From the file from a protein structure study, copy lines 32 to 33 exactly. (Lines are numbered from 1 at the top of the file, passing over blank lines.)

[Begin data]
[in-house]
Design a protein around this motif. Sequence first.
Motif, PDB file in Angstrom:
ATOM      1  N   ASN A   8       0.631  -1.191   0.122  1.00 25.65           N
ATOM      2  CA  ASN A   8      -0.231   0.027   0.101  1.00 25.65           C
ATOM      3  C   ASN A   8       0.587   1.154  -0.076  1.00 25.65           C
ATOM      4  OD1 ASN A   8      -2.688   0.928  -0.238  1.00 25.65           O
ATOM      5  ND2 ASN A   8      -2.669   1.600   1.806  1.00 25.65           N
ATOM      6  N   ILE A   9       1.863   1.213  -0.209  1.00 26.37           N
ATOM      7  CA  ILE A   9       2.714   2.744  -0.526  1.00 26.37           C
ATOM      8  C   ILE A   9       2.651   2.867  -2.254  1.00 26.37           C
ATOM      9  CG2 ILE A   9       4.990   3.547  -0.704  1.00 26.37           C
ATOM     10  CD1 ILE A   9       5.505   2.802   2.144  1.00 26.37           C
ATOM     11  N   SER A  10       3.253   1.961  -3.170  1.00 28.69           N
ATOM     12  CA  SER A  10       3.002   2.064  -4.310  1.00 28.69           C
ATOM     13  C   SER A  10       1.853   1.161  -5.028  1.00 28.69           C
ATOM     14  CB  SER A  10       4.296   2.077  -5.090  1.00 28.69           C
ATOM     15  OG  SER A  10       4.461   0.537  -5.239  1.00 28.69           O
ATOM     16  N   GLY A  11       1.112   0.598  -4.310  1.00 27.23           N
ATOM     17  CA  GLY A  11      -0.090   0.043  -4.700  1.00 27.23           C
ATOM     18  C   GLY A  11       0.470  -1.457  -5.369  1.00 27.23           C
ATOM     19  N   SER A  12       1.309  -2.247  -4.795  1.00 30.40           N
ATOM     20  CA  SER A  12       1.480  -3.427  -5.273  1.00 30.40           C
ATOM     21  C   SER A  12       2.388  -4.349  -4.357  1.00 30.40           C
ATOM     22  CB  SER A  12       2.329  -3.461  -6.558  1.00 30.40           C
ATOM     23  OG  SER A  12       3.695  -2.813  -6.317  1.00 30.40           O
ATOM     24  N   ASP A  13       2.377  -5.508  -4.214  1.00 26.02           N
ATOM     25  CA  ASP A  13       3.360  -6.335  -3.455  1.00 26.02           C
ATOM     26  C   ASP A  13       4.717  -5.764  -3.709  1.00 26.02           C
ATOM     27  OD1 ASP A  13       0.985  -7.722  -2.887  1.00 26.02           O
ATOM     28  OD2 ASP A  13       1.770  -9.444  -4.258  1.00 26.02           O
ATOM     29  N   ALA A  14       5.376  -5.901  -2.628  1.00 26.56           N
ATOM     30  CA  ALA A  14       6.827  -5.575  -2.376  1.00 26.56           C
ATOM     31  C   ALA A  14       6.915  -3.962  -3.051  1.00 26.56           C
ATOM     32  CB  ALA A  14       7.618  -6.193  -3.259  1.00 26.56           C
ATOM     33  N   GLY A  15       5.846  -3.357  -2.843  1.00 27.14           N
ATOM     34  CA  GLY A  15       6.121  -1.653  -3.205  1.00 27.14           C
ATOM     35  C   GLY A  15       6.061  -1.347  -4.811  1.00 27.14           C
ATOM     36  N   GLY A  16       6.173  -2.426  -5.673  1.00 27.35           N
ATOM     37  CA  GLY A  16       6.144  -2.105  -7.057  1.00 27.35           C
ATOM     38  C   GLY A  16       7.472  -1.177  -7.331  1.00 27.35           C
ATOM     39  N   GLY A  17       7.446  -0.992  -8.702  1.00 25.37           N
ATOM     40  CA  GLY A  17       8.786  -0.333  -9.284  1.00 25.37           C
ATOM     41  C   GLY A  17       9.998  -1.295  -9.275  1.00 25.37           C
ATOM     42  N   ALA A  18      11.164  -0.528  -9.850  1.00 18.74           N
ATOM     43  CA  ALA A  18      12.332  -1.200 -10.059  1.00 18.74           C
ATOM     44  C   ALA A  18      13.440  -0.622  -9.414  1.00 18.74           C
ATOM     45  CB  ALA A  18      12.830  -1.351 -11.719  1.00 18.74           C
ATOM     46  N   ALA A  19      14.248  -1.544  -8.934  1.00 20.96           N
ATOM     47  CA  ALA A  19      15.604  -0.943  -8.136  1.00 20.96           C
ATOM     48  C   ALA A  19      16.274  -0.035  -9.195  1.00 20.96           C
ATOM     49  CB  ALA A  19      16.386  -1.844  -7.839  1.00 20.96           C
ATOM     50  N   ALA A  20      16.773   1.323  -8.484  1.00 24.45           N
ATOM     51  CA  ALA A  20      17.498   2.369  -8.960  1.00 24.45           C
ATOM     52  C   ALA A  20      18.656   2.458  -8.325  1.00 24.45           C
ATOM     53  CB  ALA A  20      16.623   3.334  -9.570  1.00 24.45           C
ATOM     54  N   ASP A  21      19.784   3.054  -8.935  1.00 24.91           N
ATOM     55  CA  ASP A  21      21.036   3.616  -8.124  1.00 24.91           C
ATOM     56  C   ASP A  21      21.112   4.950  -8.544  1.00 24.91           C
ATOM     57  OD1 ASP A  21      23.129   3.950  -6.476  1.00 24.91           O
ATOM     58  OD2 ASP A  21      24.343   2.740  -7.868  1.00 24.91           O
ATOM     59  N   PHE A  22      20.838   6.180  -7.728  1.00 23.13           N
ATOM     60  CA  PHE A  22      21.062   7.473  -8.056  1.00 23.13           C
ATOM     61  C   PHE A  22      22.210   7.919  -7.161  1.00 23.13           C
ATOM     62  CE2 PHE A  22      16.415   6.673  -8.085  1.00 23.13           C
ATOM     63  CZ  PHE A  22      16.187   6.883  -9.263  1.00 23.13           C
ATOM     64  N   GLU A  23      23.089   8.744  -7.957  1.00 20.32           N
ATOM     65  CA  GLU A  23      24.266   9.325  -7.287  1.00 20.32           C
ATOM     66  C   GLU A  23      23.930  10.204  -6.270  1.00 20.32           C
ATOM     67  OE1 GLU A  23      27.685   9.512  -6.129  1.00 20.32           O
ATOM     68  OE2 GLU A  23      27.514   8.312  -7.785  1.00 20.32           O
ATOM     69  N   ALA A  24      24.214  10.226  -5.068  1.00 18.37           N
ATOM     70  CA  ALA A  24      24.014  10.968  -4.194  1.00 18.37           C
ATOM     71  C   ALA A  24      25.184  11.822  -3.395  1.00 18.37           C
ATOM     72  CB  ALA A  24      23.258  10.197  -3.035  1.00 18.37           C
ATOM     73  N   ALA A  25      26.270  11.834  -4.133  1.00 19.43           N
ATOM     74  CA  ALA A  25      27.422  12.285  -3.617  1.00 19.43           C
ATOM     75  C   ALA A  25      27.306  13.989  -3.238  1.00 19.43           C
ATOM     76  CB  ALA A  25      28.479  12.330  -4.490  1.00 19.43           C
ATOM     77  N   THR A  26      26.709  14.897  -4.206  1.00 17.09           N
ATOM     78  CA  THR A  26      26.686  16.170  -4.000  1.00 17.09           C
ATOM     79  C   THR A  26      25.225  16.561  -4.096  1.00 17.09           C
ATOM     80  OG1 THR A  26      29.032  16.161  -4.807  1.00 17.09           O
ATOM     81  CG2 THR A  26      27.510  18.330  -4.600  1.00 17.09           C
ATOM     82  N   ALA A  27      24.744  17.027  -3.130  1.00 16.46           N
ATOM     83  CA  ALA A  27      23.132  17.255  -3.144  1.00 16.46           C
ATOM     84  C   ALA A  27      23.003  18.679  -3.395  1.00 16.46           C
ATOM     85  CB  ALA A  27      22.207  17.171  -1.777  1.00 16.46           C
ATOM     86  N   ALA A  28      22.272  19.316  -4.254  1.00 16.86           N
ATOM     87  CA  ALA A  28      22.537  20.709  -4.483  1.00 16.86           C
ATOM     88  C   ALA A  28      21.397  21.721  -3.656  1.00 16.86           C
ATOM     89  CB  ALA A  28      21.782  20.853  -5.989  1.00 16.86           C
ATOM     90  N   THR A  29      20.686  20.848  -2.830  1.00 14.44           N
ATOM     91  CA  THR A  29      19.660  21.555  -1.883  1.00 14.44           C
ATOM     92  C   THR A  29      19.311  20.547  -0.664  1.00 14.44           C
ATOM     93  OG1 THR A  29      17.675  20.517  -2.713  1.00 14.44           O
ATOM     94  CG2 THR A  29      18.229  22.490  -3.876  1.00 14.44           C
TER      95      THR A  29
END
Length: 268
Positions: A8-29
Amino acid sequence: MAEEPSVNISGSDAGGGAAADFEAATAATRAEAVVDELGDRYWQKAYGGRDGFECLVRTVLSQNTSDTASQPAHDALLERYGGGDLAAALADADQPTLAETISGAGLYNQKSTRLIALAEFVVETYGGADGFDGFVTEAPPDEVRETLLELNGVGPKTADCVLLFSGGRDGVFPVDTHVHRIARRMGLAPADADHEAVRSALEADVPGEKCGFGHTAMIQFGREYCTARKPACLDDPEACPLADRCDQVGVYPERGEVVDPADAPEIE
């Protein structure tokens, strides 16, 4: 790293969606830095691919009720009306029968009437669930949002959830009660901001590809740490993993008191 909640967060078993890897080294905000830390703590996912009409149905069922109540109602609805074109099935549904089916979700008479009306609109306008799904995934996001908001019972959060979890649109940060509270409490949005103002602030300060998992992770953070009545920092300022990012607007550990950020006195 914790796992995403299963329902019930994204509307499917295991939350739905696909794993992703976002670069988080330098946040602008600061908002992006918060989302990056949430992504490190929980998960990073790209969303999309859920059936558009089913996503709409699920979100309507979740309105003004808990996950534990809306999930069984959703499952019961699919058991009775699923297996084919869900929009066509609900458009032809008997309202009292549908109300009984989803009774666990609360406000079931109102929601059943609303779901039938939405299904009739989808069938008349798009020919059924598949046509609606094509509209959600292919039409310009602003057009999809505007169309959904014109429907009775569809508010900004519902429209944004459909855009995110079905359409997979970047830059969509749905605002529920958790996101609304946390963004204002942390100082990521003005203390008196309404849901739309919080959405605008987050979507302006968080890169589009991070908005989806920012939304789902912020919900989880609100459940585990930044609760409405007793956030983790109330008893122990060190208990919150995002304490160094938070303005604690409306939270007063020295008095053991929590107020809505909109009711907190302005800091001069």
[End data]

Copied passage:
ATOM     29  N   ALA A  14       5.376  -5.901  -2.628  1.00 26.56           N
ATOM     30  CA  ALA A  14       6.827  -5.575  -2.376  1.00 26.56           C